Sunday, November 23, 2014

A reading list for cold winter nights

I realized something odd as I contemplated what I might say here tonight. I don't think I've ever written a book review or even recommended a book, even though a lot of people ask me what I like to read. I think the closest thing to a book recommendation I've written was for the vagina coloring book.

I confess I've never been a particularly big fan of short stories in the past, but I've been teaching short stories and flash fiction to my students this semester, so I found myself drawn to several excellent books of short stories. Since the holidays are upon us, and some of you might have time to read a book or two during your winter vacations or on days you're snowed in, here are a few of my recommendations for new short fiction collections.

First, because the queen of all things fiction belongs at the top of every list, I must recommend Margaret Atwood's latest book, Stone Mattresses. Atwood just turned 75, and she's at the top of her game. If you haven't read her before, I recommend you go on a binge and read all of her books. She's written over 35, including speculative fiction, short stories, poetry, children's stories, and a decent book on writing. She's Canadian, so her punctuation drives me nuts sometimes, and I found a disappointing typo in the first story, but that's nitpicking. I couldn't put this book down, and I even forced my creative writing classes to read sections of it.

I have to share one instance of coincidence that happened while I was reading this book. One of the stories is about a not-so-distant future society in which a militant group decides all old people should die and stop using precious resources. They force all the workers out of a nursing home, leaving the residents to fend for themselves, and then ..... well, you'll just have to read the book. We all know that could never happen though, right? Of course not. And yet, just after I read that horrifying story, I heard a true story on NPR about a custodian and a cook who stayed and took care of residents of an assisted living home in California after the owners abandoned it. Maybe Atwood's future isn't so far-fetched after all. It's a sobering thought for us Baby Boomers.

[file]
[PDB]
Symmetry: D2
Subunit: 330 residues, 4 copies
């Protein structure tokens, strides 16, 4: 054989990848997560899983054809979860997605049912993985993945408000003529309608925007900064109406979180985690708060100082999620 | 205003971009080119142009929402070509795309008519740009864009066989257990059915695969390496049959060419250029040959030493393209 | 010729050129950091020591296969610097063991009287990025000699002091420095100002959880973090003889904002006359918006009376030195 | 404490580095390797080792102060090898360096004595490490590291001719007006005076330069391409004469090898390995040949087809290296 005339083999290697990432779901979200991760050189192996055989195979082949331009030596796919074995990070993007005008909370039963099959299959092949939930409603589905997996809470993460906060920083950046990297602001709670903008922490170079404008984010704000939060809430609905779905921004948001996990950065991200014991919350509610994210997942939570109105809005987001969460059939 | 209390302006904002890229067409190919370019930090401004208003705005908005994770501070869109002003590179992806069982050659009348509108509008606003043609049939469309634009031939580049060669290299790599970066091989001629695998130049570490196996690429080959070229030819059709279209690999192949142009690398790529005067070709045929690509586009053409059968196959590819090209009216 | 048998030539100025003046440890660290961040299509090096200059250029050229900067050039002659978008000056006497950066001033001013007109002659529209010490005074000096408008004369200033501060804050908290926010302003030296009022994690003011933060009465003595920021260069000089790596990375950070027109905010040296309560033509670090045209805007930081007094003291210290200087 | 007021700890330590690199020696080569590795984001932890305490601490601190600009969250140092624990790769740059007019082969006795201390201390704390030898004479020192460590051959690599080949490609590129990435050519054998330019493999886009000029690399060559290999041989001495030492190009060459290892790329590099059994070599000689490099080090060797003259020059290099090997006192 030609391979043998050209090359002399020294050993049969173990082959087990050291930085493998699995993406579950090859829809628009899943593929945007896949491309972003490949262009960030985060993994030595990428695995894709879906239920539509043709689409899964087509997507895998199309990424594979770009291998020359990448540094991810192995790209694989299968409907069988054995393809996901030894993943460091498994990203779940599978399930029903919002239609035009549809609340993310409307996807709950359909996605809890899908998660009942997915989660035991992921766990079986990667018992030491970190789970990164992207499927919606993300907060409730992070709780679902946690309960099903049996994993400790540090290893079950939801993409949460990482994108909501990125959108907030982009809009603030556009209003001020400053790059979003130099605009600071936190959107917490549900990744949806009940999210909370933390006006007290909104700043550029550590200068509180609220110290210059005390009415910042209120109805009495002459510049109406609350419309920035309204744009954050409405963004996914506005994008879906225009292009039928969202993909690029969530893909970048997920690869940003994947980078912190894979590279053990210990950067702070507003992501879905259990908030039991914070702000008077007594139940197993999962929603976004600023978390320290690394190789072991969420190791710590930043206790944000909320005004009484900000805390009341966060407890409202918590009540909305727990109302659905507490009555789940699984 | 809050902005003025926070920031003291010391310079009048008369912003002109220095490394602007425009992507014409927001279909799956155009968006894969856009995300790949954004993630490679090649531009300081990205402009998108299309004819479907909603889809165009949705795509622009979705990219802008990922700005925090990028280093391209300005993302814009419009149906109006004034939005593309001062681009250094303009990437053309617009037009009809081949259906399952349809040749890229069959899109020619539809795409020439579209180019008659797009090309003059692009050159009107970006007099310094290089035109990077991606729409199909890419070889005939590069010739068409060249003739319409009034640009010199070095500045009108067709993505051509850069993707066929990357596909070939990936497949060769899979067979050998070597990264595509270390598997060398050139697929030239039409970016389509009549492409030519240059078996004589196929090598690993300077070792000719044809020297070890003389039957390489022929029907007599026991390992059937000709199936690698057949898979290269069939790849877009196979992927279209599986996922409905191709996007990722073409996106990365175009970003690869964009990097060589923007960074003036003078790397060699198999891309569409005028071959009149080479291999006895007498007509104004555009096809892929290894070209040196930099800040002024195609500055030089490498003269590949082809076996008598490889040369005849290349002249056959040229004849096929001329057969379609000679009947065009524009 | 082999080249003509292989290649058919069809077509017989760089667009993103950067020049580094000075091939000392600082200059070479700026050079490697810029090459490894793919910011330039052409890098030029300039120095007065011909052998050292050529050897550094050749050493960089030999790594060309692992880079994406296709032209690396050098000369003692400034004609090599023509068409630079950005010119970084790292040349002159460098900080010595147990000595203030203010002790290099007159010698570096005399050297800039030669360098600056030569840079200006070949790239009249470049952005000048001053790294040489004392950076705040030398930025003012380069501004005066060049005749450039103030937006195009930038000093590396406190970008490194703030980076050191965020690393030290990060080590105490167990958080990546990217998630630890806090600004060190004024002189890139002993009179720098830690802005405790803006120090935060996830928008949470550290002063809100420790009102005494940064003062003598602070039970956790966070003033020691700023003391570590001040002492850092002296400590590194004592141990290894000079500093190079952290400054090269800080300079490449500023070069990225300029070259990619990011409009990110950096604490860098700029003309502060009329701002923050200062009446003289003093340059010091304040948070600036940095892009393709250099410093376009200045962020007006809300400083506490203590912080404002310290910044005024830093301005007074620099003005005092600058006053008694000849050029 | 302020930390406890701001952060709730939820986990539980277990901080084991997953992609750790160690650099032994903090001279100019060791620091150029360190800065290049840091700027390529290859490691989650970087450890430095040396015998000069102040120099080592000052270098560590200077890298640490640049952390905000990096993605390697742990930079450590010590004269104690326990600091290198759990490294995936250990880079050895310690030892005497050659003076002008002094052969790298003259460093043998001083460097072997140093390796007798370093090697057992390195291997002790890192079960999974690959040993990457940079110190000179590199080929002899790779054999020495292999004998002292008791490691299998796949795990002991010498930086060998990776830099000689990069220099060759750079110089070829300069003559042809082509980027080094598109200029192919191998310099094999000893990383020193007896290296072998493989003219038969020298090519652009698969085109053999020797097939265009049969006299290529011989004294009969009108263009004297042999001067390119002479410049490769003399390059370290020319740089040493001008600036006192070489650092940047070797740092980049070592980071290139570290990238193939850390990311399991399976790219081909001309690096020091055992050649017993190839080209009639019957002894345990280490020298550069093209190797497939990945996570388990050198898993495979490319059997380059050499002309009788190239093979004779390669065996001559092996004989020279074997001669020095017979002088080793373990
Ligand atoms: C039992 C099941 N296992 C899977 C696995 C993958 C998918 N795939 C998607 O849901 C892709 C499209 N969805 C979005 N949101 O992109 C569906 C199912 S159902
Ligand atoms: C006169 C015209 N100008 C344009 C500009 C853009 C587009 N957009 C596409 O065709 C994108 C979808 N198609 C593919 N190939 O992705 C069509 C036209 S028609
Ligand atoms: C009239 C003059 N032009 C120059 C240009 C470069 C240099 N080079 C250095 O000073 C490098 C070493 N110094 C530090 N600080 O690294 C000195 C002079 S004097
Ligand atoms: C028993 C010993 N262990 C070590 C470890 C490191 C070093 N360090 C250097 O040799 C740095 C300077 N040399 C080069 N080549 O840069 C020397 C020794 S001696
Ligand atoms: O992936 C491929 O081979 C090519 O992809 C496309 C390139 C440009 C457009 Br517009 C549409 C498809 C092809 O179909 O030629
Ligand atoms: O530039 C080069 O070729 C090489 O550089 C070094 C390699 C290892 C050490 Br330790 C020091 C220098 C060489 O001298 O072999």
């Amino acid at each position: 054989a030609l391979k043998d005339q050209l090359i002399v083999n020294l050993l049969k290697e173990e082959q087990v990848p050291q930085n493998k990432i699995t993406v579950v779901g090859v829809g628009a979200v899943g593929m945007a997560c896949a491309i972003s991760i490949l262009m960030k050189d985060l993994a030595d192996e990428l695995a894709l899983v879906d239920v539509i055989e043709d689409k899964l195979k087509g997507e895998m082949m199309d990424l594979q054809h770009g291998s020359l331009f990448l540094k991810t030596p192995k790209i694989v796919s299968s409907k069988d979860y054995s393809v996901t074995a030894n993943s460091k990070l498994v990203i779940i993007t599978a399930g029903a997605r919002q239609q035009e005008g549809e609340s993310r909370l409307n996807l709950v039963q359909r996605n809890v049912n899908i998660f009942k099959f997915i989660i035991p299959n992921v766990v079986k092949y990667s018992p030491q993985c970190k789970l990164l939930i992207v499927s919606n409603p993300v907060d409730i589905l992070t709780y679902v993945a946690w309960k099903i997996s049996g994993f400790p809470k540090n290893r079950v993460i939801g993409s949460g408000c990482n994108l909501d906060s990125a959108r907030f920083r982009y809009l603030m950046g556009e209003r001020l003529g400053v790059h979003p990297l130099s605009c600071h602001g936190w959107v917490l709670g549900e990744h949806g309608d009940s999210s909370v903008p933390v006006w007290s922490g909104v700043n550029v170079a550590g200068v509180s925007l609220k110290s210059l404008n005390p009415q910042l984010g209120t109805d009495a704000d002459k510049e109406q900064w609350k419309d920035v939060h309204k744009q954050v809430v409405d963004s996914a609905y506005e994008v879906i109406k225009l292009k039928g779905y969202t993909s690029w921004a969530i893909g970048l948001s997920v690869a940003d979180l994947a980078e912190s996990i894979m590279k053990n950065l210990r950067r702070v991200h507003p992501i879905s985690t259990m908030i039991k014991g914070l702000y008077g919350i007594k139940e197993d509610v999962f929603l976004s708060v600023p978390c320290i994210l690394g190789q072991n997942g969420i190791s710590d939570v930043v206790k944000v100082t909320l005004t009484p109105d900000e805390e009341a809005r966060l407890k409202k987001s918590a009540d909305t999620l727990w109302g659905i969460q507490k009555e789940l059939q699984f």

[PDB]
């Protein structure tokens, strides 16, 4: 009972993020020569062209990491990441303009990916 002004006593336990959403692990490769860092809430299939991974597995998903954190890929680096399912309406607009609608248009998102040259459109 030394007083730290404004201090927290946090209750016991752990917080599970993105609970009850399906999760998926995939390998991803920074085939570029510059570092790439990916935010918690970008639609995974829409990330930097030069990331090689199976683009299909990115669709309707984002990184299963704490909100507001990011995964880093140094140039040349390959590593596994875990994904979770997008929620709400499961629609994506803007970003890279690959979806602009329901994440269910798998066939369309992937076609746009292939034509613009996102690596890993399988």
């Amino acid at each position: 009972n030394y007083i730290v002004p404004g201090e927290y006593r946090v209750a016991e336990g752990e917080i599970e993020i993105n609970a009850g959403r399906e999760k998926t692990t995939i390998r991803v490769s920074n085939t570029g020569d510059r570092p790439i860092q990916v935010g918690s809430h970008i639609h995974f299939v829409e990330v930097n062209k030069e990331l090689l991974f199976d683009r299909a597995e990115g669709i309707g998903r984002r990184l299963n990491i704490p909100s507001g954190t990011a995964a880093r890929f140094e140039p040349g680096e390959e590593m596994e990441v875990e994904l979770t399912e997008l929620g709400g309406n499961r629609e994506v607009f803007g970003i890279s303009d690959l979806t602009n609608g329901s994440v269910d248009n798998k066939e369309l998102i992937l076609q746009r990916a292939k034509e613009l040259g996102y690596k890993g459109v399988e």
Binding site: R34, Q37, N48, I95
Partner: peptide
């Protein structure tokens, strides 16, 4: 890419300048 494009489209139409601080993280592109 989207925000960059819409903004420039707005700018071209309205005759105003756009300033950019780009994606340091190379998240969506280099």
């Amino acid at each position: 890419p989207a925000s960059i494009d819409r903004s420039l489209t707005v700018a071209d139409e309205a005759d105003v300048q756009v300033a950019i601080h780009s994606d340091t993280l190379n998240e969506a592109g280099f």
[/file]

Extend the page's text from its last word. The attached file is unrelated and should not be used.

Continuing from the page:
The second book I want to recommend excited my friend The Professor so much he was posting passages on Facebook. The book, by Wells Tower (is that the coolest name ever?), is titled Everything Ravaged, Everything Burned. I checked it out from the library and loved it so much I had to buy a copy. I also insisted on reading my favorite passages to my students, my co-teacher, Elvira, and anybody else who would listen. Here are a couple of passages from the book:

“The bell on the cat's collar roused her. He'd brought her something: a baby pigeon stolen from its nest, mauled and draped on Jacey's pillowcase. The thing was pink, nearly translucent, with magenta cheeks and lavender around the eyes. It looked like a half-cooked eraser with dreams of someday becoming a prostitute." -- "Wild America”
And this one:

"Not long after the affair had run its course, Bob and his wife were driving to town when Vicky looked up and saw the phantom outline of a woman's footprint on the windshield over the glove box. She slipped her sandal off, saw that the print did not match her own, and told Bob that he was no longer welcome in their home.” -- "The Brown Coast"

This book is Wells Tower's first collection of short stories. I'm looking forward to book number two, whatever that may be.

Finally, my third recommendation, also a first for the author, is Karen Russell's collection titled St. Lucy's Home for Girls Raised by Wolves. These are some of the most imaginative, magical stories I've read in a long time. The title story is about little girls who were born to werewolf parents and then taken to be raised at a Jesuit school for girls. 

As the other two books on this short list did, Russell's little book of 10 short stories made me feel like a preschooler writing nonsense on the walls with a crayon. Surely we shouldn't both be called writers. Short fiction is not only difficult to write well, it's often difficult to read -- highly literary and often so character-based the story is nonexistent. Not true of any of these books, although Tower's book might come closest to that genre of short fiction. All three of these books  kept me riveted, wanting more.

I'm not going to tell you any more about them though. Just read them. Let me know what you think.

(David Guterson, author of Snow Falling on Cedars, also has a new book of short stories titled, Problems with People: Stories. I'm only about halfway through it, so I'm reluctant to recommend it. I've enjoyed the stories I've read, and I expect to like the rest of the book. Do they excite me as much as the stories in the 3 books above? Not really, but so far they've been a solid read. If you love short fiction, you might as well check the book out.)

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